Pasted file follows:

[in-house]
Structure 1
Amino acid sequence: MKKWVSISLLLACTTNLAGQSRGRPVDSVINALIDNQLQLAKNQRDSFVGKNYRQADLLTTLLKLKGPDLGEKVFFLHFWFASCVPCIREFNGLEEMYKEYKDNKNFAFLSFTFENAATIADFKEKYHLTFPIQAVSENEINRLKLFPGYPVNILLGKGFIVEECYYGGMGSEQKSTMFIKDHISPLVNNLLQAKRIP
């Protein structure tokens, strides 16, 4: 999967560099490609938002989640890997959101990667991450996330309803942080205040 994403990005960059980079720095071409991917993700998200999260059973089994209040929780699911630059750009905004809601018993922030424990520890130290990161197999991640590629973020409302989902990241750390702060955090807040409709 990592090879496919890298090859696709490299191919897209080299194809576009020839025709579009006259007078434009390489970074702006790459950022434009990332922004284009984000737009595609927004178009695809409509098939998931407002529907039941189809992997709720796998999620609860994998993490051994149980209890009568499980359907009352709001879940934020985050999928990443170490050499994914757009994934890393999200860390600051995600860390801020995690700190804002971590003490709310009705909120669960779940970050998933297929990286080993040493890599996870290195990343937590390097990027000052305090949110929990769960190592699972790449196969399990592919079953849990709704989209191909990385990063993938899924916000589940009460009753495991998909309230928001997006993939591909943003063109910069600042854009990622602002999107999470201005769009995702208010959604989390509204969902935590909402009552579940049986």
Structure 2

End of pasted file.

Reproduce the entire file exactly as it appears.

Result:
[in-house]
Structure 1
Amino acid sequence: MKKWVSISLLLACTTNLAGQSRGRPVDSVINALIDNQLQLAKNQRDSFVGKNYRQADLLTTLLKLKGPDLGEKVFFLHFWFASCVPCIREFNGLEEMYKEYKDNKNFAFLSFTFENAATIADFKEKYHLTFPIQAVSENEINRLKLFPGYPVNILLGKGFIVEECYYGGMGSEQKSTMFIKDHISPLVNNLLQAKRIP
């Protein structure tokens, strides 16, 4: 999967560099490609938002989640890997959101990667991450996330309803942080205040 994403990005960059980079720095071409991917993700998200999260059973089994209040929780699911630059750009905004809601018993922030424990520890130290990161197999991640590629973020409302989902990241750390702060955090807040409709 990592090879496919890298090859696709490299191919897209080299194809576009020839025709579009006259007078434009390489970074702006790459950022434009990332922004284009984000737009595609927004178009695809409509098939998931407002529907039941189809992997709720796998999620609860994998993490051994149980209890009568499980359907009352709001879940934020985050999928990443170490050499994914757009994934890393999200860390600051995600860390801020995690700190804002971590003490709310009705909120669960779940970050998933297929990286080993040493890599996870290195990343937590390097990027000052305090949110929990769960190592699972790449196969399990592919079953849990709704989209191909990385990063993938899924916000589940009460009753495991998909309230928001997006993939591909943003063109910069600042854009990622602002999107999470201005769009995702208010959604989390509204969902935590909402009552579940049986």
Structure 2